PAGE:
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One way precision agriculture can help growers be more efficient with fertilizer use is through implementation of variable-rate technology.

Farm Press Staff

January 21, 2022

3 Min Read
One way precision agriculture can help growers be more efficient with fertilizer use is through variable-rate technology.Simer Virk, UGA Extension

With skyrocketing fertilizer prices, growers are looking for where and how to reduce the fertilizer costs on their farms to remain profitable this year. One way precision agriculture can help growers be more efficient with fertilizer use is through variable-rate technology.

In a recent blog post, Glen Harris, University of Georgia Extension fertility specialist, Simer Virk, UGA Extension, precision ag specialist, say, “While majority of the growers are aware about the spatial variability in their fields and employ some sort of precision soil sampling strategy – grid, zone or composite – to determine the nutrient requirements of their fields, very few ‘advanced’ growers utilize that data and information to perform variable-rate applications.”

Each year, they say, growers spend a lot of money in soil sampling and not using that information to its full potential means leaving money on the table or in this case more or so leaving it out in the field.

Variable-rate technology has been around for a decade. It’s starting to get lot more attention due to increasing input costs every year and emphasis on being more efficient and sustainable with inputs.

Variable-rate technology has improved significantly over the years. Most major equipment manufacturers and technology companies offer various variable-rate packages for both used and new fertilizer application equipment.

Whether a grower applies his own fertilizer or uses a custom applicator, there are multiple options available to get started with variable-rate.

“Generally, the first step is to talk to your consultant, crop advisor or technology company to know where you are currently in the process – starting from precision soil sampling to current equipment capabilities to VR prescription map creation – and then how they can work with you in getting started with implementing variable-rate applications on your farm,” the UGA specialist recommend

Tips to start out (or go all in) with variable-rate applications:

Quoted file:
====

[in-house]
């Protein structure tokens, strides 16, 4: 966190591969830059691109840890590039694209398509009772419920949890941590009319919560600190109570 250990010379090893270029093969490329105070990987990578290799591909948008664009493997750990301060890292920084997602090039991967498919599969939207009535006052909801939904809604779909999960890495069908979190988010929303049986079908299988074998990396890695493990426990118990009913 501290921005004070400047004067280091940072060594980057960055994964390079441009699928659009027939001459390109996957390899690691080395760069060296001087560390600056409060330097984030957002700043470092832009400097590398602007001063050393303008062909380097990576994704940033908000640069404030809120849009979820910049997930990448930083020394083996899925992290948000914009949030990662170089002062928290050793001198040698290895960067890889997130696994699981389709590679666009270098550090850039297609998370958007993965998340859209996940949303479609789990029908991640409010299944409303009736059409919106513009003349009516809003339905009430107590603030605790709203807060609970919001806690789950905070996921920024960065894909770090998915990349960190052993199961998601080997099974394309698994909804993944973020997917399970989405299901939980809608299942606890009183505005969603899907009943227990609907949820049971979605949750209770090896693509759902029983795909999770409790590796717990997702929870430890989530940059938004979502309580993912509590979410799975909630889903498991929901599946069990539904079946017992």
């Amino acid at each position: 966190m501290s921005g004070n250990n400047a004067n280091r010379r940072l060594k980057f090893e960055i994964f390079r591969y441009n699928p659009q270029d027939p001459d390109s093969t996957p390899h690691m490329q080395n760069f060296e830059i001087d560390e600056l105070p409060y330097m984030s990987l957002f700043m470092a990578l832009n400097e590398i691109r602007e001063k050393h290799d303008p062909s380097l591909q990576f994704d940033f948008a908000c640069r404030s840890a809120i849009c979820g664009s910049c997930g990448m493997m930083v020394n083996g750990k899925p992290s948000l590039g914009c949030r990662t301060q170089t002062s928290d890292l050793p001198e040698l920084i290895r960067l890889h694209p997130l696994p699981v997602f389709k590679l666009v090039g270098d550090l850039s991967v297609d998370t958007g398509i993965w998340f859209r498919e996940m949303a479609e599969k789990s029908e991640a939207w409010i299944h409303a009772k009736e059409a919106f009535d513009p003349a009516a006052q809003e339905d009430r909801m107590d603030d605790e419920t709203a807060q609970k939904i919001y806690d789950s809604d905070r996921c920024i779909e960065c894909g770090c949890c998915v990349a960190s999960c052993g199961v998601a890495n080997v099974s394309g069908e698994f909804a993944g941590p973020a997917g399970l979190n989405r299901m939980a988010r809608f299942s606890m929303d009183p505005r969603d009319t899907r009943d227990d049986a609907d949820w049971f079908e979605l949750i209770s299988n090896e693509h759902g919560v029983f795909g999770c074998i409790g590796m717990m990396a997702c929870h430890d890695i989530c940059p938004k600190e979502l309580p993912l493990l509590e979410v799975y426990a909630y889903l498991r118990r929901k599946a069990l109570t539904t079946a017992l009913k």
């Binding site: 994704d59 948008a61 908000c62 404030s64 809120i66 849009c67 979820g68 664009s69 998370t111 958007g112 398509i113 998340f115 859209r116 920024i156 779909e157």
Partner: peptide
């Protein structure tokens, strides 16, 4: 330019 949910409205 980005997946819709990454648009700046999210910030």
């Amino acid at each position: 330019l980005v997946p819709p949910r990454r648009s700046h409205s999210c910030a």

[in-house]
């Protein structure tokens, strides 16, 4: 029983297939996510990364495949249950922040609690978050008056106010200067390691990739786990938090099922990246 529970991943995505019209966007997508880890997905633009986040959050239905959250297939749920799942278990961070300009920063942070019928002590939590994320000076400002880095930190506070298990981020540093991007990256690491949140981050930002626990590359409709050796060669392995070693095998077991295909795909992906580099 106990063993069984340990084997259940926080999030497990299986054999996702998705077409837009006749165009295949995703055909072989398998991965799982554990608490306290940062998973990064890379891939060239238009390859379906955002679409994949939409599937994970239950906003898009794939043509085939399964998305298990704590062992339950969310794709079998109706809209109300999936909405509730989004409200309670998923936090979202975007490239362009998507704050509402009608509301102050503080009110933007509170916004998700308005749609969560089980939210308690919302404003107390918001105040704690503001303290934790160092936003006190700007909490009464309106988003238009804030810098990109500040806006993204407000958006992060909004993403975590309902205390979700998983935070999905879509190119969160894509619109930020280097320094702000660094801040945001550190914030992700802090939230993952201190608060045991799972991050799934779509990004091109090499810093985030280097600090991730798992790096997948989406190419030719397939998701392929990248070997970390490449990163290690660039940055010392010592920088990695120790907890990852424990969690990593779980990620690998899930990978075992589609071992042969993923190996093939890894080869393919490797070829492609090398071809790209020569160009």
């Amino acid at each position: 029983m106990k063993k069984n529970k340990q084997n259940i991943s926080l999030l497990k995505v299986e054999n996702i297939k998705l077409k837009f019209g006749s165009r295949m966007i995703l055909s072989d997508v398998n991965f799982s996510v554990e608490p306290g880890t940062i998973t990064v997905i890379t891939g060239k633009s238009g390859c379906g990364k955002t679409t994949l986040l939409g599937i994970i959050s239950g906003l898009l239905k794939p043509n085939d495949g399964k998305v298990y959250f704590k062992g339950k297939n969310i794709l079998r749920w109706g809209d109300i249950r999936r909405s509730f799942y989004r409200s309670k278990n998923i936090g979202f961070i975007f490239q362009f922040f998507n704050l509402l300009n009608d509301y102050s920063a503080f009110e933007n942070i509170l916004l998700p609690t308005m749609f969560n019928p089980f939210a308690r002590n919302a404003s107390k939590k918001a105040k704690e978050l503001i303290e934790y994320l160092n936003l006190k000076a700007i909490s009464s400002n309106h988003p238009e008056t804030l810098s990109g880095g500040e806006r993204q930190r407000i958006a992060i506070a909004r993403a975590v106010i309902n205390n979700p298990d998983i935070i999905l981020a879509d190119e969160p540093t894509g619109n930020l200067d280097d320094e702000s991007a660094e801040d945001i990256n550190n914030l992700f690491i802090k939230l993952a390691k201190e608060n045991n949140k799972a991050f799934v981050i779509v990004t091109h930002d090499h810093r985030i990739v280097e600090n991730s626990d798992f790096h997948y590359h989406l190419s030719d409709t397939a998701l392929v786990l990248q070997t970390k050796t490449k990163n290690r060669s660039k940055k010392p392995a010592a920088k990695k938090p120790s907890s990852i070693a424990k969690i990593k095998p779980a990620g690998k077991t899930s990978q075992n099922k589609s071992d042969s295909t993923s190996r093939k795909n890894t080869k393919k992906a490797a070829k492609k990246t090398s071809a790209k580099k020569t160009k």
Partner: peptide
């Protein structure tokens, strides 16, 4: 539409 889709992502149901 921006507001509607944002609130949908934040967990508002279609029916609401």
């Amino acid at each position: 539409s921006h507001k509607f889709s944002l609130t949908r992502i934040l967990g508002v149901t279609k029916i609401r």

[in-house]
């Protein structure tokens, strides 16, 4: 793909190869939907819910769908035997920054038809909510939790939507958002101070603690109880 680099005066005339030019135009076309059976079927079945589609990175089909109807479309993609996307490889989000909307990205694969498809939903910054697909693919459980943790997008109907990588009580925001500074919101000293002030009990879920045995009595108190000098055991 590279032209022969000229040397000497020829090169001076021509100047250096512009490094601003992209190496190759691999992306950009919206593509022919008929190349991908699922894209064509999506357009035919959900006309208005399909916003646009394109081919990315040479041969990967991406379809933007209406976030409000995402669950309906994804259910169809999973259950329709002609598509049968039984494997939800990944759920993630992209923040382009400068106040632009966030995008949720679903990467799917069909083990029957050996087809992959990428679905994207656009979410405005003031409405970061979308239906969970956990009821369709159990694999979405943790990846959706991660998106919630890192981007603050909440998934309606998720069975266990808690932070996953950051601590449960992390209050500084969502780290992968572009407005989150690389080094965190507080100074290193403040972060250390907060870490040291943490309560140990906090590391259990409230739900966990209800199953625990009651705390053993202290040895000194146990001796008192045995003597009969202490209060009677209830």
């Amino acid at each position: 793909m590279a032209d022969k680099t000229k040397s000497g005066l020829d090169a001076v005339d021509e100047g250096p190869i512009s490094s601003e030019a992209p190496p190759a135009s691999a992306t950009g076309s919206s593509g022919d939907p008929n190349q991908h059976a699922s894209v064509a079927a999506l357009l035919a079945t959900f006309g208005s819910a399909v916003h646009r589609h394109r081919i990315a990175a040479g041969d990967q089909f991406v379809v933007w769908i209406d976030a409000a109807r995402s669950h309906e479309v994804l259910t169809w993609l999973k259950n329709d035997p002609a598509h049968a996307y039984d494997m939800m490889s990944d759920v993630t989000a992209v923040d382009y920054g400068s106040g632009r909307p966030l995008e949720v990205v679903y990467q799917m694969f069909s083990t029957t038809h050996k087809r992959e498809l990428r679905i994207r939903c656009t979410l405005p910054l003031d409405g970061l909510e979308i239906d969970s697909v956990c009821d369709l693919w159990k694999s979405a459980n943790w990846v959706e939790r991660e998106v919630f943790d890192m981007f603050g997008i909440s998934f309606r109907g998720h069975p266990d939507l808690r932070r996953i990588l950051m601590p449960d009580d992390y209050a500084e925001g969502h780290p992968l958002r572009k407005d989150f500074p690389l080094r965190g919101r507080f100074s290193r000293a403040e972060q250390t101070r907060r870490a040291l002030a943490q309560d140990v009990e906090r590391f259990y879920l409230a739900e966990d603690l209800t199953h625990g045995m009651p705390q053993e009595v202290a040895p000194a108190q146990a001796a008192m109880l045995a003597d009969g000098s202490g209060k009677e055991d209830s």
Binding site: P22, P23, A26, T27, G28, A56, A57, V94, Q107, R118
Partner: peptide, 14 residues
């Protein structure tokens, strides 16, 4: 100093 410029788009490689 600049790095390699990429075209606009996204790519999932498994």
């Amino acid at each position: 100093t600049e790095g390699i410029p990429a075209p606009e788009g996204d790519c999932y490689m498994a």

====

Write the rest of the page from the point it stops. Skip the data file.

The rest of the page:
1. Start out with few selected fields that are more non-uniform and have the greatest potential to benefit from variable-rate applications.

  2. Use historical knowledge about the fields and management practices in combination with soil test results when delineating management zones.

  3. Consider application equipment and technology limitations when delineating zones, especially size and transition between the zones

  4. Keep management zones to a maximum of three or four for easier and effective implementation. More zones can make the process overwhelming and confusing.  

  5. Consider fertilizer properties, especially shape, size and density, when creating and spreading different blends. Uneven distribution and segregation can cause application issues. 

  6. Be patient with technology and the overall process especially during the first year. Things will get easier and better as time goes by and with VR applications in more fields.

  7. At the end of each year, assess what went right, and what didn’t go as planned and why. This will help to continuously learn and improve the process as well as minimize any frustrations.

Considering the situation with fertilizer prices, they say, this is not the year to cut corners on precision soil sampling or reduce application rates unknowingly in order to lower input costs but to effectively utilize tools and strategies such as precision soil sampling and variable-rate application to be more efficient and cost-effective to maximize the return on investments on your farm.

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